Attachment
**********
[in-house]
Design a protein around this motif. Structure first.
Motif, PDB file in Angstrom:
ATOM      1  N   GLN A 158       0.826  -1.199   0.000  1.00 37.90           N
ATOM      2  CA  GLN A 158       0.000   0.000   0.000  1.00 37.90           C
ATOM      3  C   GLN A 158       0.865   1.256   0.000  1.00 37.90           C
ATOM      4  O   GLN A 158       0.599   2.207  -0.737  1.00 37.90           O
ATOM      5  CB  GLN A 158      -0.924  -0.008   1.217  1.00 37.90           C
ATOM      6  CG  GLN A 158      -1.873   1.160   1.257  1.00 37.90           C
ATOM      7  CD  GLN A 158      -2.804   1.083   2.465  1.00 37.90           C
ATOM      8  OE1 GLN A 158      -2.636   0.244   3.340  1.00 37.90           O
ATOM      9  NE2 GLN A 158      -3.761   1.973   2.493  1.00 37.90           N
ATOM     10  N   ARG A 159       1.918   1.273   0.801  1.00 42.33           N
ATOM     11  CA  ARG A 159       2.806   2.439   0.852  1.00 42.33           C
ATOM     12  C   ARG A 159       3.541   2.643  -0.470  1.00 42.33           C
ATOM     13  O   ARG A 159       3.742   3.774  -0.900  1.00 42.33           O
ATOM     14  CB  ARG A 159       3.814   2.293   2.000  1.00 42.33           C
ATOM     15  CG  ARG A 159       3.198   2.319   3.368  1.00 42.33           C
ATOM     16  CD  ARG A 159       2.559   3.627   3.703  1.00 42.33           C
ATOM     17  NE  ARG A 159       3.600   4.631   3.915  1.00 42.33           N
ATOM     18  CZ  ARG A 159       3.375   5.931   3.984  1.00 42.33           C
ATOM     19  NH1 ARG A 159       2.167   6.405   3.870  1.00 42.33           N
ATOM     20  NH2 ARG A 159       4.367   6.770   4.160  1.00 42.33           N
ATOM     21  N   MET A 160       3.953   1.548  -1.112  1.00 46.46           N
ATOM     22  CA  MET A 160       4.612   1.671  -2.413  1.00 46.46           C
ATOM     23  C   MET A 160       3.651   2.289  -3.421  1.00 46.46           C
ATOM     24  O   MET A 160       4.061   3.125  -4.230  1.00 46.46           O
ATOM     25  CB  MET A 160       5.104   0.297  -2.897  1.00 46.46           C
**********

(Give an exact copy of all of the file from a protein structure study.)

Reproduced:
[in-house]
Design a protein around this motif. Structure first.
Motif, PDB file in Angstrom:
ATOM      1  N   GLN A 158       0.826  -1.199   0.000  1.00 37.90           N
ATOM      2  CA  GLN A 158       0.000   0.000   0.000  1.00 37.90           C
ATOM      3  C   GLN A 158       0.865   1.256   0.000  1.00 37.90           C
ATOM      4  O   GLN A 158       0.599   2.207  -0.737  1.00 37.90           O
ATOM      5  CB  GLN A 158      -0.924  -0.008   1.217  1.00 37.90           C
ATOM      6  CG  GLN A 158      -1.873   1.160   1.257  1.00 37.90           C
ATOM      7  CD  GLN A 158      -2.804   1.083   2.465  1.00 37.90           C
ATOM      8  OE1 GLN A 158      -2.636   0.244   3.340  1.00 37.90           O
ATOM      9  NE2 GLN A 158      -3.761   1.973   2.493  1.00 37.90           N
ATOM     10  N   ARG A 159       1.918   1.273   0.801  1.00 42.33           N
ATOM     11  CA  ARG A 159       2.806   2.439   0.852  1.00 42.33           C
ATOM     12  C   ARG A 159       3.541   2.643  -0.470  1.00 42.33           C
ATOM     13  O   ARG A 159       3.742   3.774  -0.900  1.00 42.33           O
ATOM     14  CB  ARG A 159       3.814   2.293   2.000  1.00 42.33           C
ATOM     15  CG  ARG A 159       3.198   2.319   3.368  1.00 42.33           C
ATOM     16  CD  ARG A 159       2.559   3.627   3.703  1.00 42.33           C
ATOM     17  NE  ARG A 159       3.600   4.631   3.915  1.00 42.33           N
ATOM     18  CZ  ARG A 159       3.375   5.931   3.984  1.00 42.33           C
ATOM     19  NH1 ARG A 159       2.167   6.405   3.870  1.00 42.33           N
ATOM     20  NH2 ARG A 159       4.367   6.770   4.160  1.00 42.33           N
ATOM     21  N   MET A 160       3.953   1.548  -1.112  1.00 46.46           N
ATOM     22  CA  MET A 160       4.612   1.671  -2.413  1.00 46.46           C
ATOM     23  C   MET A 160       3.651   2.289  -3.421  1.00 46.46           C
ATOM     24  O   MET A 160       4.061   3.125  -4.230  1.00 46.46           O
ATOM     25  CB  MET A 160       5.104   0.297  -2.897  1.00 46.46           C